This made me so so happy. Jeff Buckley, when singing and mispronouncing nearly every word in the song, stands for every music lover enamored by an artiste singing in an alien language. On one hand, it’s almost frightening how close he gets to the feel of a Nusrat song – the impassioned wails, the improvisations, the fact that he is singing the part of Rahmat Ali, the high-pitched backing singer that you hear on every one of Nusrat’s live shows. On the other, it’s hard not to be swayed by the the earnest appeal to the crowd to “do it like they do it in Pakistan”, urging them to clap in time with the song.
Sadly, there are not many Nusrat Fateh Ali Khan. Sure, almost every high-pitched singer on every talent show in India tries to sing Nusrat songs, but they are mostly insipid rehashes, sans personality or individuality. Bally Sagoo, the British DJ who, at some point, was remixing every Indian song in existence, got North Carolina-based singer Gunjan to sing ‘Kinna Sona’, on the Bend It Like Beckham OST. I find Gunjan’s voice too tinny for my taste, and the version itself does not break any new ground - just a straightforward beat added to the basic structure of the song.
Remixes abound, of course. In addition to the familiar names – Michael Brook, Peter Gabriel, Massive Attack, there’s Italian electronica composer Gaudi, who came up with an entire album dedicated to Nusrat remixes, called Dub Qawwali. That one’s quite an earful, featuring a guest appearance by MK Gandhi even.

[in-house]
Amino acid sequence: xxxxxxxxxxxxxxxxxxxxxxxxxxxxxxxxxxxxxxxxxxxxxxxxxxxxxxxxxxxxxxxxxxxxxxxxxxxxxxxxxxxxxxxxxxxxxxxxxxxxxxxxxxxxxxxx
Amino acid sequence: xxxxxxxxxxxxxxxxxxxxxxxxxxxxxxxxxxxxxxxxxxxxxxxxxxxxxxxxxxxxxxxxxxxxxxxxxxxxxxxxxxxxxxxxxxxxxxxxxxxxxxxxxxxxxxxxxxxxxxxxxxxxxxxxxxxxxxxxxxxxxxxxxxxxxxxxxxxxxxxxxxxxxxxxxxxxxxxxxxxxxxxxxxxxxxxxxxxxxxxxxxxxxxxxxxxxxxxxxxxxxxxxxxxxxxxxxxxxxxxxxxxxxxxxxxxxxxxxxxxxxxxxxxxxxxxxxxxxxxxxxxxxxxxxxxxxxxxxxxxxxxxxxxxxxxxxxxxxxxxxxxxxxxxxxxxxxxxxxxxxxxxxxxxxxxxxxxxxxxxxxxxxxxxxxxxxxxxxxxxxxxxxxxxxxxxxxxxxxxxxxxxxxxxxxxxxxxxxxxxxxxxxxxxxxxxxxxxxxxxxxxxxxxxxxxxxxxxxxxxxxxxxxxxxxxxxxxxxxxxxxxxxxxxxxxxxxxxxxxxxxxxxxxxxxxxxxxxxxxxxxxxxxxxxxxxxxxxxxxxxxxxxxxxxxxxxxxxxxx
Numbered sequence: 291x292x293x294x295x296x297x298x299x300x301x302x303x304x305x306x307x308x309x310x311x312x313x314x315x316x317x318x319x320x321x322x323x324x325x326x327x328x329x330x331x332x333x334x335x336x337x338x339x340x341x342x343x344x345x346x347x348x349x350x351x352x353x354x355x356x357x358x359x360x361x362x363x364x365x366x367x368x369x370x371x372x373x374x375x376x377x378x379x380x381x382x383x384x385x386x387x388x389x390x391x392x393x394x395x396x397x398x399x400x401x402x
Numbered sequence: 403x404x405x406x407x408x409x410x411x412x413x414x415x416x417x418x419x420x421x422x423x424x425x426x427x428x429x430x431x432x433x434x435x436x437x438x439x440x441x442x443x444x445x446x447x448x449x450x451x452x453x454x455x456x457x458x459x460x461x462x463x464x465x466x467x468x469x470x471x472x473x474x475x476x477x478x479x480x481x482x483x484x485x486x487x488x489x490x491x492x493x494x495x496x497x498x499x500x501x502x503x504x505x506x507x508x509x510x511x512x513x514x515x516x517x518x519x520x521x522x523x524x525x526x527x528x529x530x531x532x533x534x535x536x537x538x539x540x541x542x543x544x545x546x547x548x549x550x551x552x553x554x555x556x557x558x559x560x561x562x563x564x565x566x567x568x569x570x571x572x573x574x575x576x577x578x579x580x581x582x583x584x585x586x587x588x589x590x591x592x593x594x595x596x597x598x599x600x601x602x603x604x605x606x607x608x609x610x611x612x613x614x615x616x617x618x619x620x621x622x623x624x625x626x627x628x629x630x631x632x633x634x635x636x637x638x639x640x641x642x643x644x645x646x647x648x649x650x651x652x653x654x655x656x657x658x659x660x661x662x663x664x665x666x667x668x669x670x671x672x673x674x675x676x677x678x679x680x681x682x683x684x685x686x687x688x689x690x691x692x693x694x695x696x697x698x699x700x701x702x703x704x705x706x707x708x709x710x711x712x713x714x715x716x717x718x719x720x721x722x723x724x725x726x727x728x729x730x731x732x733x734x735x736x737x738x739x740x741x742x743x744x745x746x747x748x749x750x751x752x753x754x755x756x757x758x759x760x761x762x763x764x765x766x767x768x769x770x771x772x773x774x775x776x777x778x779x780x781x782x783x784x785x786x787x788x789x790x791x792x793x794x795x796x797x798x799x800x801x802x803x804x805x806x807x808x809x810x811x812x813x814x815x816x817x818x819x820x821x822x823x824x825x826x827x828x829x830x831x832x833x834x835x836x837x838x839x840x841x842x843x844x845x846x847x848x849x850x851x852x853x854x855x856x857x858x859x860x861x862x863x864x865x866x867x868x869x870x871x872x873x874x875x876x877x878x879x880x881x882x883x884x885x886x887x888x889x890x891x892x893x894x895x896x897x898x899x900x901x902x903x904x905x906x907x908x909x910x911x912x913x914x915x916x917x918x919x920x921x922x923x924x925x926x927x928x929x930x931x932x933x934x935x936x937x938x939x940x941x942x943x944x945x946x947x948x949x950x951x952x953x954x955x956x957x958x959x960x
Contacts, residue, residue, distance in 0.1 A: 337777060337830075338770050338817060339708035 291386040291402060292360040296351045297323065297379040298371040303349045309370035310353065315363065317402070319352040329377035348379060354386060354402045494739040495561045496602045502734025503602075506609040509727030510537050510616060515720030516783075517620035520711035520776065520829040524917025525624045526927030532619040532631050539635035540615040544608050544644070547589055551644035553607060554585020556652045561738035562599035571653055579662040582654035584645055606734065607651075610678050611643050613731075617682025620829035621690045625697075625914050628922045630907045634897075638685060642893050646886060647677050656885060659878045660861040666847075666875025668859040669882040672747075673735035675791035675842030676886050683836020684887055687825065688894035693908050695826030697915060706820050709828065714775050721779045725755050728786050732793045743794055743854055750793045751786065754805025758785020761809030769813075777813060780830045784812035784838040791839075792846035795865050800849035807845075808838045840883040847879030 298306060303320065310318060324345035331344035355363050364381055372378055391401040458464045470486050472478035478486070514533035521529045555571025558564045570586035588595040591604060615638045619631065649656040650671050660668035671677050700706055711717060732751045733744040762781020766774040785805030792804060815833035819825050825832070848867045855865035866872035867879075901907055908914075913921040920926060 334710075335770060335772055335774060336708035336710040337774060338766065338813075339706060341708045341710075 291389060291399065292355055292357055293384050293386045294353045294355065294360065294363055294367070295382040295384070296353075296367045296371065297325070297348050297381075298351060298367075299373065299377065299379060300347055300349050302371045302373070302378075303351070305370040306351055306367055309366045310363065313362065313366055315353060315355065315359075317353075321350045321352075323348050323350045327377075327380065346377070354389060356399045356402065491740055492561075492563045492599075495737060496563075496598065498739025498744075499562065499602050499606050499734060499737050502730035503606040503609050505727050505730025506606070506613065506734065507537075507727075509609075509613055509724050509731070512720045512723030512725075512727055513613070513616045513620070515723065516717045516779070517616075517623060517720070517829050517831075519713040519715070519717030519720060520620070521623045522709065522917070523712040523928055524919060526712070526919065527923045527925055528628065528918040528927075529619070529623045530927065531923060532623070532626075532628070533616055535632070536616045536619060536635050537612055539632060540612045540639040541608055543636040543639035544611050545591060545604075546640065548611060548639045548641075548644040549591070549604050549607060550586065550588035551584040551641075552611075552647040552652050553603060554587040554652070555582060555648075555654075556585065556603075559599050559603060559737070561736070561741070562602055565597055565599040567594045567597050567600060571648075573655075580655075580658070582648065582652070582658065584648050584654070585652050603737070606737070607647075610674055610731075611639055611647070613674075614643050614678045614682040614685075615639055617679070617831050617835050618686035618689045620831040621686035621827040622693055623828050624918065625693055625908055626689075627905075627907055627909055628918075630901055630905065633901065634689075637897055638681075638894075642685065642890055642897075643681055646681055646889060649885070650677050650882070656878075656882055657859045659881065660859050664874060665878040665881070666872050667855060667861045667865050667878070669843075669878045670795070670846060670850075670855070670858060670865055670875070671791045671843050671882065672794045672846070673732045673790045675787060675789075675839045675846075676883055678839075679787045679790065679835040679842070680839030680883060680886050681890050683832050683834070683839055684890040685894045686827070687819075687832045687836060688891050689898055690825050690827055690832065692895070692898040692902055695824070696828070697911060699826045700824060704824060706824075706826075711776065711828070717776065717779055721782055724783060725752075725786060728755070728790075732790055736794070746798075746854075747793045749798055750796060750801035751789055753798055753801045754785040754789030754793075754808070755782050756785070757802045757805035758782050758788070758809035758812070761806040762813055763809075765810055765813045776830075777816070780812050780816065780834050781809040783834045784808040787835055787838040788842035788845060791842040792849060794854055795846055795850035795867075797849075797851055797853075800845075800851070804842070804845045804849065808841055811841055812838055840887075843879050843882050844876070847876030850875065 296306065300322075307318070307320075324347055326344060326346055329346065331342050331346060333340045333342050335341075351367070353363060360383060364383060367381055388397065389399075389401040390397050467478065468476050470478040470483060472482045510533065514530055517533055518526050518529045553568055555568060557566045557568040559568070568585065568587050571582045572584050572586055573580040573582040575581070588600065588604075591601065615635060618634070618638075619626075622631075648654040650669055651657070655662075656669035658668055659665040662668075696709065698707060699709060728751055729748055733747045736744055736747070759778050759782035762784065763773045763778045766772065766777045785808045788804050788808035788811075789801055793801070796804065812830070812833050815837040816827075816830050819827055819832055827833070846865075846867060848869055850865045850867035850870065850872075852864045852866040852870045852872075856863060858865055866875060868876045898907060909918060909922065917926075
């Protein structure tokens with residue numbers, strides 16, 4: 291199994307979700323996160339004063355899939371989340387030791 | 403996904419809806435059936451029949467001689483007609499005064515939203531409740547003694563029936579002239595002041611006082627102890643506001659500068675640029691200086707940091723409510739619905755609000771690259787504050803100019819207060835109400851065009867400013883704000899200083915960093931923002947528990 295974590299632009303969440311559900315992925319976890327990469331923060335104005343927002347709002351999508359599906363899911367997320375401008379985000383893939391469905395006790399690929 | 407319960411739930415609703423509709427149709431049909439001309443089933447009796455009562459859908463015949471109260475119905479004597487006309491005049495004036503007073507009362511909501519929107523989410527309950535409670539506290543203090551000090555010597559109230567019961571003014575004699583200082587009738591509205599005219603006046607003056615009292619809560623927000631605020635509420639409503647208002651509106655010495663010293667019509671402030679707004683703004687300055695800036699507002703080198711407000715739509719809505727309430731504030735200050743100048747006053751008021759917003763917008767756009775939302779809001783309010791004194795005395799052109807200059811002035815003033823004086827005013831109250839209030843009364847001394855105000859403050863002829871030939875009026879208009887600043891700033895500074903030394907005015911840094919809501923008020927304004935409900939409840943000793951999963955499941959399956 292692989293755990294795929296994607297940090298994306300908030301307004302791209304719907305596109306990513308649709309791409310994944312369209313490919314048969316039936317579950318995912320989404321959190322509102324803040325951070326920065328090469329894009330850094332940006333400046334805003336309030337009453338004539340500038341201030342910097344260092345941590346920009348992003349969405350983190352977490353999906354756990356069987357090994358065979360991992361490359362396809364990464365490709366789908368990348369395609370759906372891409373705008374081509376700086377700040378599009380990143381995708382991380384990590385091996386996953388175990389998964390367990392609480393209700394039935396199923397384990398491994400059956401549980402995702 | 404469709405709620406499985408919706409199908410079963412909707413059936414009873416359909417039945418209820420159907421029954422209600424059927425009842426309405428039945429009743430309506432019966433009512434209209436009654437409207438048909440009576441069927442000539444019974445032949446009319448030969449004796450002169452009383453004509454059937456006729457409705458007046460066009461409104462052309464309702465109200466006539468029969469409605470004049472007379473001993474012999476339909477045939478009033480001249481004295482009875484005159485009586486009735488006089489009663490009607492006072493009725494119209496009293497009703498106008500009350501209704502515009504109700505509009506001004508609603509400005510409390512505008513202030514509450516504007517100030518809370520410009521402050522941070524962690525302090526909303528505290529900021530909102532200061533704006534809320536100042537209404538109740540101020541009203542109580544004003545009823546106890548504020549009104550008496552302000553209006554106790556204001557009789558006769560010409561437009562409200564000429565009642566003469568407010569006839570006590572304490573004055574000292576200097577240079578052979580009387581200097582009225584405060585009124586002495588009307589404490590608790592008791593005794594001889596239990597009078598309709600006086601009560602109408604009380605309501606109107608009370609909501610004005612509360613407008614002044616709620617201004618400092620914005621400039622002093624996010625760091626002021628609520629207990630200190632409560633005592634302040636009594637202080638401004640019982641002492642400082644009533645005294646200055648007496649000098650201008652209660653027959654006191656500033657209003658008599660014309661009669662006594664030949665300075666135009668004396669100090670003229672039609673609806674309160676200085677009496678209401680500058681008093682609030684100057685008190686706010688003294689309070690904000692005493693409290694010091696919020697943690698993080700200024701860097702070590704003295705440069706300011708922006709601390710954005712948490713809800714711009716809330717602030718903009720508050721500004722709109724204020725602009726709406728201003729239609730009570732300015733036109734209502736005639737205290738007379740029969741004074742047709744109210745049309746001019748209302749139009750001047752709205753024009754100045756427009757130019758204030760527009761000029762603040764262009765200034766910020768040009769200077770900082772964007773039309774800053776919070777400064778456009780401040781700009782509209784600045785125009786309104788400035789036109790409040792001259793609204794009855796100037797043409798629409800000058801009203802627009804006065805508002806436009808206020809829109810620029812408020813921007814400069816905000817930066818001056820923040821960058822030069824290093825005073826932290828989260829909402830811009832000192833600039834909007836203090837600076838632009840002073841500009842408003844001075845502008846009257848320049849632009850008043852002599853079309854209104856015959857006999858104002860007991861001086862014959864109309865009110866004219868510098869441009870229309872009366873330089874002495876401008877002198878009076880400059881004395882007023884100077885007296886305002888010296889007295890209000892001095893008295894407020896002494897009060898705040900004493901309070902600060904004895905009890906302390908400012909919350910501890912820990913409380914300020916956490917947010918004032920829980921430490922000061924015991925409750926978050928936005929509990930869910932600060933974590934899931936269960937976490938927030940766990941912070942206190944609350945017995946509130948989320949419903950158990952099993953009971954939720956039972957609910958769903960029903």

Two AR Rahman songs pay tribute to Nusrat Fateh Ali Khan. ‘Varaagha Nadikarai’ from Sangamam is inspired by the Punjabi folk song ‘Lal Meri Pat’, which is technically not a Nusrat song per se, but Rahman based it on his version of it. Then there’s ‘Tere Bina’ from Guru – a lovely song that was due to be sung by Murtaza and Qadir Khan, but was rerecorded in Rahman’s voice at director Mani Ratnam’s insistence. (the brothers can still be heard in the opening strains of the track) I love the song, but hate the visuals – the cheesy dance routines do not fit the semi-spiritual vibe.
I was never a huge Atif Aslam fan – despite some of the songs from his band Jal being ear-wormy enough. Until I heard his Coke Studio songs – two of which stand out. ‘Wasta Pyaar Da’, a mash-up of Michael Jackson’s ‘Billie Jean’ with a traditional Punjabi song, and ‘Jal Pari’. The second song’s from Aslam’s own solo album, but at 4:39 of the performance, he segues into Nusrat’s ‘Tu Mera Dil’. The transition is done without drawing too much attention towards itself, a smart little homage that makes this Nusrat fan feel all warm and fuzzy inside.
One of the most interesting things you will hear is the Brooklyn Qawwali Party, a tribute band formed by percussionist Brooke Martinez specifically to cover Nusrat Fateh Ali songs. This 9-minute version of Musst Musst, complete with claps, a wind section, a double bass, an electric guitar – and even a harmonium – is sublime, especially when the guys sing the main chorus of the song.
And then there’s Pakistani-American band Kominas’ completely irreverent take on ‘Pooja Karoonga’. I’ll reserve all comment.